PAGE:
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clout
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English Dictionary: clout by the DICT Development Group
3 results for clout
From WordNet (r) 3.0 (2006) [wn]:
clout
n
  1. a target used in archery
  2. special advantage or influence; "the chairman's nephew has a lot of pull"
    Synonym(s): pull, clout
  3. a short nail with a flat head; used to attach sheet metal to wood
    Synonym(s): clout nail, clout
  4. (boxing) a blow with the fist; "I gave him a clout on his nose"
    Synonym(s): punch, clout, poke, lick, biff, slug
v
  1. strike hard, especially with the fist; "He clouted his attacker"
From Webster's Revised Unabridged Dictionary (1913) [web1913]:
   Clout \Clout\, v. t. [imp. & p. p. {Clouted}; p. pr. & vb. n.
      {Clouting}.] [OE. clutien. clouten, to patch. See {Clout},
      n.]
      1. To cover with cloth, leather, or other material; to
            bandage; patch, or mend, with a clout.
  
                     And old shoes and clouted upon their feet. --Josh.
                                                                              ix. 5.
  
                     Paul, yea, and Peter, too, had more skill in . . .
                     clouting an old tent than to teach lawyers.
                                                                              --Latimer.
  
      2. To join or patch clumsily.
  
                     If fond Bavius vent his clouted song. --P. Fletcher
  
      3. To quard with an iron plate, as an axletree.
  
      4. To give a blow to; to strike. [Low]
  
                     The . . . queen of Spain took off one of her
                     chopines and clouted Olivarez about the noddle with
                     it.                                                   --Howell.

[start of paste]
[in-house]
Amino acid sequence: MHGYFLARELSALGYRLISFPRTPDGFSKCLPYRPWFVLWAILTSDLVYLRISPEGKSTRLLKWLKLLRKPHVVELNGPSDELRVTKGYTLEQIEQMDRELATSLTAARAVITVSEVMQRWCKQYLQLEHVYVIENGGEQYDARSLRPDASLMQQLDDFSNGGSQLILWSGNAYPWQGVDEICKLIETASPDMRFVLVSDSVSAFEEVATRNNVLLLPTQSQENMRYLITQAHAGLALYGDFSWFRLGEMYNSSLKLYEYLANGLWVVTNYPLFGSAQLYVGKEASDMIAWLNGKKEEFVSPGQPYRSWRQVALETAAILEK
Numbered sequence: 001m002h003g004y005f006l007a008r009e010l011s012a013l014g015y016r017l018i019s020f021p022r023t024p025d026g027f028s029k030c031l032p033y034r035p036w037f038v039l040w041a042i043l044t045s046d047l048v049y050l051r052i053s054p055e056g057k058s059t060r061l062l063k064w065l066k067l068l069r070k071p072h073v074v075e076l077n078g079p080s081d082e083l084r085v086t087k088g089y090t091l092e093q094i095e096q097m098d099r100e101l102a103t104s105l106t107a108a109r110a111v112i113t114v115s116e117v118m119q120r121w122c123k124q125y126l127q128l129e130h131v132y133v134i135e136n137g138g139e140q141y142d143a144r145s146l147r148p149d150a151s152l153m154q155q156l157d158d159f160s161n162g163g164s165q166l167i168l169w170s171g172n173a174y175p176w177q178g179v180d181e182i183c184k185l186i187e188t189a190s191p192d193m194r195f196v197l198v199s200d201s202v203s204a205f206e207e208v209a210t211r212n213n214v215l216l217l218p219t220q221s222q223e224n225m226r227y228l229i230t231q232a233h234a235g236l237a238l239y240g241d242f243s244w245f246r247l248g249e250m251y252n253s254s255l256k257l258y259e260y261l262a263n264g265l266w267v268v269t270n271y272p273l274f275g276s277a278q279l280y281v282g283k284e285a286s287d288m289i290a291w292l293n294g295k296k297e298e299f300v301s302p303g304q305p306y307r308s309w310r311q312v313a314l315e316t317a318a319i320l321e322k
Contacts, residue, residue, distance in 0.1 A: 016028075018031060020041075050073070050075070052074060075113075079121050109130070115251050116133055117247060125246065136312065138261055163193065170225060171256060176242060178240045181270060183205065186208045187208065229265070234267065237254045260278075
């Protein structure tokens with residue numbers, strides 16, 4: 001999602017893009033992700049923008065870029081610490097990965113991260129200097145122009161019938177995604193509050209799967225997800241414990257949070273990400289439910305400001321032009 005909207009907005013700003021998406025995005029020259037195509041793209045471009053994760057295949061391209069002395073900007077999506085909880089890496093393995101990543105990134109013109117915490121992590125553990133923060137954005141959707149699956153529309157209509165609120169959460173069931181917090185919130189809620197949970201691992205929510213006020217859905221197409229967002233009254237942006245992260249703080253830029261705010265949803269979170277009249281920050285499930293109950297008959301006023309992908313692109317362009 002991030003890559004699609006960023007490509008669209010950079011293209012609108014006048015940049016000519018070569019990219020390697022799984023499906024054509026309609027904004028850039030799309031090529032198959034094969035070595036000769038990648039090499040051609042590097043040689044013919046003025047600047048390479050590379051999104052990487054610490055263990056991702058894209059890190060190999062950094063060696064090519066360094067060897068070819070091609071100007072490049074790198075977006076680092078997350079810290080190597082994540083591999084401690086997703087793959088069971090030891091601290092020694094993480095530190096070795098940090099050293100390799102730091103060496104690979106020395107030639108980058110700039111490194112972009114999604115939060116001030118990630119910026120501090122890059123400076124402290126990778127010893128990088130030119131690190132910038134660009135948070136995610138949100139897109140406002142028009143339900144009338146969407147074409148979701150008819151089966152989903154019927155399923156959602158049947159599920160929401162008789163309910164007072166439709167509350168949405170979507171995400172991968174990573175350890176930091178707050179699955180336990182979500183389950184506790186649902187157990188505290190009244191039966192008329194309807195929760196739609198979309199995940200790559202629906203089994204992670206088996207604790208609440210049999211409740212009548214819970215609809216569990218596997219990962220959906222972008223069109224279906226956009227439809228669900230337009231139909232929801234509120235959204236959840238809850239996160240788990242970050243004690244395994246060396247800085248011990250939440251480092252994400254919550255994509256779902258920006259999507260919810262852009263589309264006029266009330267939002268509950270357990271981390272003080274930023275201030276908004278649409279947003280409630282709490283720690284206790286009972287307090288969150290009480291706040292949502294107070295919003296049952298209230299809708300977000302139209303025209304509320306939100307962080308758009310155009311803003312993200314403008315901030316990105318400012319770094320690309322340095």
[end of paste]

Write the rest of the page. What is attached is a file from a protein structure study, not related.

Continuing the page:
5. To stud with nails, as a timber, or a boot sole.
  
      {Clouted cream}, clotted cream, i. e., cream obtained by
            warming new milk. --A. Philips.
  
      Note: [bd]Clouted brogues[b8] in Shakespeare and [bd]clouted
               shoon[b8] in Milton have been understood by some to
               mean shoes armed with nails; by others, patched shoes.

From Webster's Revised Unabridged Dictionary (1913) [web1913]:
   Clout \Clout\, n. [AS. cl[d4]t a little cloth, piece of metal;
      cf. Sw. klut, Icel. kl[d4]tr a kerchief, or W. clwt a clout,
      Gael. clud.]
      1. A cloth; a piece of cloth or leather; a patch; a rag.
  
                     His garments, nought but many ragged clouts, With
                     thorns together pinned and patched was. --Spenser.
  
                     A clout upon that head where late the diadem stood.
                                                                              --Shak.
  
      2. A swadding cloth.
  
      3. A piece; a fragment. [Obs.] --Chaucer.
  
      4. The center of the butt at which archers shoot; -- probably
            once a piece of white cloth or a nail head.
  
                     A'must shoot nearer or he'll ne'er hit the clout.
                                                                              --Shak.
  
      5. An iron plate on an axletree or other wood to keep it from
            wearing; a washer.
  
      6. A blow with the hand. [Low]
  
      {Clout nail}, a kind of wrought-iron nail heaving a large
            flat head; -- used for fastening clouts to axletrees,
            plowshares, etc., also for studding timber, and for
            various purposes.
No guarantee of accuracy or completeness!
©TU Chemnitz, 2006-2019
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